Bonding and Grounding CSST

3 replies [Last post]
Donovanpb's picture
Joined: 2016-05-15

I have a buried propane tank that supplies gas to my furnace. Steel pipe exits the gas regulator and transitions to CSST inside the house. I want to bond and ground the steel gas pipe exiting the regulator in order to protect the interior CSST line from potential arc over issues should lightning strike in vicinity of my home.

It is impractical to try and run copper wire to the home's main grounding bus at the main panel. It makes sense to me to sink an independent 8 ft copper grounding rod and bond the steel gas line to it. Are there any electrical hazards that I'm not thinking of? And is there a minimum distance to offset the grounding rod from the steel gas line?

Thank you.

Thor_the_Electrician's picture
Joined: 2013-10-28

Consider first following this guidance.
Using existing Ufer grounds for foundations or concrete pads at least 10 ft by 10 ft that are nearby will add to the dispersion of lightning strikes. There must be enough of a path and all grounding systems and metal pipes must be bonded together. Years ago, I was involved with an industrial situation where a ground ring was installed in a machine shop. All the equipment was bonded to the ring, but the ring wasn't bonded to the electrical systems. I was tasked with bonding the two systems due to issues of stray voltage. When I made the final bonding connection, it drew an arc, and before I bonded the systems there was a seven volt differential.

user-846262's picture
Joined: 2016-02-04

Is the regulator at the tank or the house? How far is the tank from the house? How far is the regulator from the house grounding point?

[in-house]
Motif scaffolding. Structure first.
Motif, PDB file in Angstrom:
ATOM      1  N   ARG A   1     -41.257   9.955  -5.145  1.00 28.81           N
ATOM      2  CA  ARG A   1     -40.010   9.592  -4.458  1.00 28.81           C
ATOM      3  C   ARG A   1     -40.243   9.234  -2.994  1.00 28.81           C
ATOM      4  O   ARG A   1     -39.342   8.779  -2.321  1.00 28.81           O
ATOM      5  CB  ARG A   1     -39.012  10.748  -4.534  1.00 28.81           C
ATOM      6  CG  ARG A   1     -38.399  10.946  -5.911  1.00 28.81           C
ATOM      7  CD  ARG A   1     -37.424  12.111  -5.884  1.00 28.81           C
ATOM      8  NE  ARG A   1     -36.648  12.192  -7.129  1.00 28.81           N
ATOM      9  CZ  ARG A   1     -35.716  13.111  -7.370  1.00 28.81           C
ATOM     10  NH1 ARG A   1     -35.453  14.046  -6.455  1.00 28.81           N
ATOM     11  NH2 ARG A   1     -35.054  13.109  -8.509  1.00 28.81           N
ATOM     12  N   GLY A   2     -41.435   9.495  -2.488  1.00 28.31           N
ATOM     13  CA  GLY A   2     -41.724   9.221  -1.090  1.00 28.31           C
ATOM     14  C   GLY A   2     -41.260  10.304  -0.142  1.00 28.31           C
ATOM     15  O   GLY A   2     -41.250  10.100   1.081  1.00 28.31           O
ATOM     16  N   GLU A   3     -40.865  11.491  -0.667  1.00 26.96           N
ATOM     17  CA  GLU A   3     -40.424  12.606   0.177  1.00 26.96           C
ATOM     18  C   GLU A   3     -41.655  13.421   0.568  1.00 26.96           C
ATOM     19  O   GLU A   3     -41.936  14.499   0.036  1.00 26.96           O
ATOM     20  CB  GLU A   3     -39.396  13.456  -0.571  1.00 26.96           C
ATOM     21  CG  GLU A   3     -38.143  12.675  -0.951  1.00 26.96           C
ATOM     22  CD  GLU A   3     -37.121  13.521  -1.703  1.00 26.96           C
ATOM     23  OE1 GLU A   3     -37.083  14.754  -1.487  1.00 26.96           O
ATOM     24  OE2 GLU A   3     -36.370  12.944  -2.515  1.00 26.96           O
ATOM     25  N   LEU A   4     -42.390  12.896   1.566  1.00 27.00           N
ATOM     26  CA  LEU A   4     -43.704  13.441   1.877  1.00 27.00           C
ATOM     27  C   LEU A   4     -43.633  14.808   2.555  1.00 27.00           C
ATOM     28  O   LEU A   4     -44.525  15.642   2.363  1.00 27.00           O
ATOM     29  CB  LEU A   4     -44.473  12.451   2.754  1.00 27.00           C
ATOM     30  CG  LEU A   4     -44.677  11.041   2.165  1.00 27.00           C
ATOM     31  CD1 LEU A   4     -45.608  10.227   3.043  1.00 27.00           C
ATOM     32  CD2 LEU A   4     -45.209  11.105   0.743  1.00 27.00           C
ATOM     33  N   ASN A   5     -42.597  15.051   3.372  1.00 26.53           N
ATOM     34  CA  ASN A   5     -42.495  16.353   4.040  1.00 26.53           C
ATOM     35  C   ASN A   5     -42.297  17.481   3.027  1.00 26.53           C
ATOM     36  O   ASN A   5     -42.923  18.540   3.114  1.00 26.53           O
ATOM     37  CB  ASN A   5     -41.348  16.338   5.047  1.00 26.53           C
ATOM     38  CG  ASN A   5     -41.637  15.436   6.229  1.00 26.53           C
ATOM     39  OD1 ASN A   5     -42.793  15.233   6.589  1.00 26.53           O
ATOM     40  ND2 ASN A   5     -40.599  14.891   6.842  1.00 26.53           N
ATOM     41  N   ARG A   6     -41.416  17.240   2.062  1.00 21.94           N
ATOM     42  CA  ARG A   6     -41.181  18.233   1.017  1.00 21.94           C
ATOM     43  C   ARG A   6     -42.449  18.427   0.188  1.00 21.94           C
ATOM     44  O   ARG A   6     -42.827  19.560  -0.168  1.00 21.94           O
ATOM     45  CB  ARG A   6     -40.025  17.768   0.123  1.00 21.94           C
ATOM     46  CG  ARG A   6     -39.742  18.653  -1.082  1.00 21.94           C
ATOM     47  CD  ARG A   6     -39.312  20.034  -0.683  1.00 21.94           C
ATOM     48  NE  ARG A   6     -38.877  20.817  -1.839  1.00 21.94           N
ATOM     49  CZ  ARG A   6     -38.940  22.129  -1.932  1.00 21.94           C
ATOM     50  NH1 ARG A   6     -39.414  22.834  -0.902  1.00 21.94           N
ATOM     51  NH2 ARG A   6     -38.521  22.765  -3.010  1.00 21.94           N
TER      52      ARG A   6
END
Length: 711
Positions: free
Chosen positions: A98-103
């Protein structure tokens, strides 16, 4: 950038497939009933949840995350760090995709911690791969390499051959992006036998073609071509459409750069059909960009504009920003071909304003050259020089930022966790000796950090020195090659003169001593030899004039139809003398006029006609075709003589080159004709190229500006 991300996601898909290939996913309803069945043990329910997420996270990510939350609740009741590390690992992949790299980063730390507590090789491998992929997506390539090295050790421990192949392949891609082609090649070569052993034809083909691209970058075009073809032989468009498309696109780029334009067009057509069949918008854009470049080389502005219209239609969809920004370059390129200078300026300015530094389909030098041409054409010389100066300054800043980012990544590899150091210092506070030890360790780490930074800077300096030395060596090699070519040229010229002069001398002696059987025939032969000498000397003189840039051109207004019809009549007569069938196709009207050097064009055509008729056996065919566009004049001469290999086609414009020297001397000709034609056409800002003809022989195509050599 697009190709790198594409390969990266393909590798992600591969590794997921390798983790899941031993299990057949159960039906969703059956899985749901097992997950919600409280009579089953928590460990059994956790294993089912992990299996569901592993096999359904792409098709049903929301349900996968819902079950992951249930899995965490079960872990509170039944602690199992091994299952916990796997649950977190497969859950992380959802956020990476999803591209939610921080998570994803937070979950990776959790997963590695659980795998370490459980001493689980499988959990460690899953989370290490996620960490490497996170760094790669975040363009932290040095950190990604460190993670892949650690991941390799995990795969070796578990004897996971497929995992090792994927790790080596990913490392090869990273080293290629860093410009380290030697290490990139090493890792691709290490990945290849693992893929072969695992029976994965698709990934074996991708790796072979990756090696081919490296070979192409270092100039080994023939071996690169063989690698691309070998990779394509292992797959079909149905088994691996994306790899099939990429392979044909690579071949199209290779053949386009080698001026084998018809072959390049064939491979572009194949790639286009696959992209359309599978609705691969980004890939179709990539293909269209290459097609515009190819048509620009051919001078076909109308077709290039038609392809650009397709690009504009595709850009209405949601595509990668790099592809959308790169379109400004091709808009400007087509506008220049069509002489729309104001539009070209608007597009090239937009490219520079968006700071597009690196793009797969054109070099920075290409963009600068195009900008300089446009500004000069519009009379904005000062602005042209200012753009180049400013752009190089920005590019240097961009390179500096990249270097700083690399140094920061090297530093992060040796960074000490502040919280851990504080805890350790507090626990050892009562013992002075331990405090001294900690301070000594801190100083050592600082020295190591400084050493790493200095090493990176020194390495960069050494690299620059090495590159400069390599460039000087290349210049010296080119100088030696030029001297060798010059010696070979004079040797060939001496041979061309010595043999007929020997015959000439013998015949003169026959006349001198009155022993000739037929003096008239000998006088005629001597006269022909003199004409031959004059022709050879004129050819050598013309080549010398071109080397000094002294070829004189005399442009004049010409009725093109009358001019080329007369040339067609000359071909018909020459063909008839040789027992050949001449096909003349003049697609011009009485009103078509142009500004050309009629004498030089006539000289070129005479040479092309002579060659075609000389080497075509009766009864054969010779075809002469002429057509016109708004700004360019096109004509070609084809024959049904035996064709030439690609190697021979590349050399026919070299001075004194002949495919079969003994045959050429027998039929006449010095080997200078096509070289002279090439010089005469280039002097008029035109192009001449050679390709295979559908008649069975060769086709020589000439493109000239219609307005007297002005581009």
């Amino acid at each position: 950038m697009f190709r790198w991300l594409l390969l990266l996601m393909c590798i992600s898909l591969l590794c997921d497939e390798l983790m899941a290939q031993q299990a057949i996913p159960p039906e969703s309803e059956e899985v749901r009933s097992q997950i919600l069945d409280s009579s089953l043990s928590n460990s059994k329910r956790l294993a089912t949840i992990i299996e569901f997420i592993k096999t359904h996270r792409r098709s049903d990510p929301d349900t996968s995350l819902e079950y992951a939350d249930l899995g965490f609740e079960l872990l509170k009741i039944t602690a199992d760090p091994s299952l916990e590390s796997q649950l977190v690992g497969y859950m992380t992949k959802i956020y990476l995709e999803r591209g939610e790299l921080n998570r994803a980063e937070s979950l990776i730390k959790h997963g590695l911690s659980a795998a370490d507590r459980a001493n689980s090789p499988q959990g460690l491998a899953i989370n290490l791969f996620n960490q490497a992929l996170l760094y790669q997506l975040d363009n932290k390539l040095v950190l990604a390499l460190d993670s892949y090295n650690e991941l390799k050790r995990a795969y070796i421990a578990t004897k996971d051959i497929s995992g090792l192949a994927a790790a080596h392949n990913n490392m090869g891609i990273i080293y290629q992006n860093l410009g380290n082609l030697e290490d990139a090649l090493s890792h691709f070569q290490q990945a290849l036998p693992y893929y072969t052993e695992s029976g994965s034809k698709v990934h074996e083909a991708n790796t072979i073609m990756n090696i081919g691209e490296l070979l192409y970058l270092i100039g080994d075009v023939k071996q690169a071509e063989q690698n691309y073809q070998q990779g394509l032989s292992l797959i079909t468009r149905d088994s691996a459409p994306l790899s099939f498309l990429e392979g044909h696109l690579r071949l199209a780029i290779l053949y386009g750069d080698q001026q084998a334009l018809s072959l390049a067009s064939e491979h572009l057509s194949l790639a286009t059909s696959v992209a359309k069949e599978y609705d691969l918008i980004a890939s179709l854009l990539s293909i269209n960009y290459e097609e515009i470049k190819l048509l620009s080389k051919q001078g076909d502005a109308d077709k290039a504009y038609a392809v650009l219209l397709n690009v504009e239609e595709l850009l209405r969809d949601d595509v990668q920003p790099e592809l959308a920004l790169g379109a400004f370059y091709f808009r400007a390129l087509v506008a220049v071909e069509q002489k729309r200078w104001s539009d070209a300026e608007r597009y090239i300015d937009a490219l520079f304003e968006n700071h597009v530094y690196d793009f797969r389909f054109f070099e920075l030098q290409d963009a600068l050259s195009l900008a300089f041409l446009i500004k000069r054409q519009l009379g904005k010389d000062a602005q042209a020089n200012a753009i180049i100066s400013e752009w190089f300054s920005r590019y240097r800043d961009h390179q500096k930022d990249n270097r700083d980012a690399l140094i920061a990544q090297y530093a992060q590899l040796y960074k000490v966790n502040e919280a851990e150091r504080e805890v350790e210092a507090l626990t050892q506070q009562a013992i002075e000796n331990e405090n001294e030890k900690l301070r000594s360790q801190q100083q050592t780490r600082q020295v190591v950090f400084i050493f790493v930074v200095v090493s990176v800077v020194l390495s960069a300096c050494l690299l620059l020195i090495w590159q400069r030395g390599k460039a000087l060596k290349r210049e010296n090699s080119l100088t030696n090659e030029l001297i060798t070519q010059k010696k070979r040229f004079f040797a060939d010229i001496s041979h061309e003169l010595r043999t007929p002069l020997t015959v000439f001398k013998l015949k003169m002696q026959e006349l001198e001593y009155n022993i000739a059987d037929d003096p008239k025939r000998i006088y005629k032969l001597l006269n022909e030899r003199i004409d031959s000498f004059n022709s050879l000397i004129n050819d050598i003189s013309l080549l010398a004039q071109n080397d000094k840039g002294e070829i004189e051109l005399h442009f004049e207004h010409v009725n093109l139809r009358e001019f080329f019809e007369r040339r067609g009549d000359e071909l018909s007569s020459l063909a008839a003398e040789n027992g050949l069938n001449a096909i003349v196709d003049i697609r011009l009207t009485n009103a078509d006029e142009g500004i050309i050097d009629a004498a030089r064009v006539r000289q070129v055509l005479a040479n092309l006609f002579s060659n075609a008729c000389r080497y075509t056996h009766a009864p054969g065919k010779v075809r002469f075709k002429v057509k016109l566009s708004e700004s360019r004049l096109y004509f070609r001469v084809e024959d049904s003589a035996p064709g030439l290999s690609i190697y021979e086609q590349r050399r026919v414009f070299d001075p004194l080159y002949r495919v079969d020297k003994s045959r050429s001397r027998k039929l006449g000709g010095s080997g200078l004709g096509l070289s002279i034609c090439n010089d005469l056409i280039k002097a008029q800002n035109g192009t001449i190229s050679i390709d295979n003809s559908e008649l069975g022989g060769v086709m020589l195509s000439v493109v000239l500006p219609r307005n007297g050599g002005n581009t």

sparky377's picture
Joined: 2013-10-07

You indicated the propane tank is buried. Is it steel? Is it direct buried? Is any part of the gas piping system above ground?

If the tank is steel and direct buried and the piping is buried, then you should not be worried about lightning as the items you are looking to bond together regarding lightning strikes are already in contact with the earth. Lightning strikes are not trying to reach your panelboard. The strike is trying to equalize the charge between cloud and soil. As long as your panelboard and service entrance are properly grounded in accordance with the NEC and your local utility's requirements then you are about as good as you're going to get.

As for connecting to the house panelboard ground bus, that is already accomplished via the equipment grounding conductor connected to your furnace. The same applies to your stove if it is connected to a receptacle. Of course this assumes you have grounding conductors to you appliances and receptacles outlets. If there are no equipment grounding conductors then that is where I would recommend spending your efforts.

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